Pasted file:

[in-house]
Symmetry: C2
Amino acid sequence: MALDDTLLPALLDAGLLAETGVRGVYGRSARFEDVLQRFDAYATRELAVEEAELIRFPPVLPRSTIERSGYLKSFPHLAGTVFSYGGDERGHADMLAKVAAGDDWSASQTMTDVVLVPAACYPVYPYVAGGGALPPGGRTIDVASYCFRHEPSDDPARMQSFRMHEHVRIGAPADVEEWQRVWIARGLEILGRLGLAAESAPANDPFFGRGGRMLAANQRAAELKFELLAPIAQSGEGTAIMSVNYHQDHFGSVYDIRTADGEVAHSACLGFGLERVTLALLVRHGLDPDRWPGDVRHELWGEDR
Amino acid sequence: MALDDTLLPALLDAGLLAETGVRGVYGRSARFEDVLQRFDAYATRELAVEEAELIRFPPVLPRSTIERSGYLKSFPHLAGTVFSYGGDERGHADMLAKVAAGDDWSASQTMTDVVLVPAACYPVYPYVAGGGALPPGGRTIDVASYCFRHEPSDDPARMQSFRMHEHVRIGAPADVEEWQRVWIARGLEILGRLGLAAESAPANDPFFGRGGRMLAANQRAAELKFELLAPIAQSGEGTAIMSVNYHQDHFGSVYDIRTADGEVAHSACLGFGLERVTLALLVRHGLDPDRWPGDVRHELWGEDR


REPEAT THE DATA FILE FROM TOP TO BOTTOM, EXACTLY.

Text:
[in-house]
Symmetry: C2
Amino acid sequence: MALDDTLLPALLDAGLLAETGVRGVYGRSARFEDVLQRFDAYATRELAVEEAELIRFPPVLPRSTIERSGYLKSFPHLAGTVFSYGGDERGHADMLAKVAAGDDWSASQTMTDVVLVPAACYPVYPYVAGGGALPPGGRTIDVASYCFRHEPSDDPARMQSFRMHEHVRIGAPADVEEWQRVWIARGLEILGRLGLAAESAPANDPFFGRGGRMLAANQRAAELKFELLAPIAQSGEGTAIMSVNYHQDHFGSVYDIRTADGEVAHSACLGFGLERVTLALLVRHGLDPDRWPGDVRHELWGEDR
Amino acid sequence: MALDDTLLPALLDAGLLAETGVRGVYGRSARFEDVLQRFDAYATRELAVEEAELIRFPPVLPRSTIERSGYLKSFPHLAGTVFSYGGDERGHADMLAKVAAGDDWSASQTMTDVVLVPAACYPVYPYVAGGGALPPGGRTIDVASYCFRHEPSDDPARMQSFRMHEHVRIGAPADVEEWQRVWIARGLEILGRLGLAAESAPANDPFFGRGGRMLAANQRAAELKFELLAPIAQSGEGTAIMSVNYHQDHFGSVYDIRTADGEVAHSACLGFGLERVTLALLVRHGLDPDRWPGDVRHELWGEDR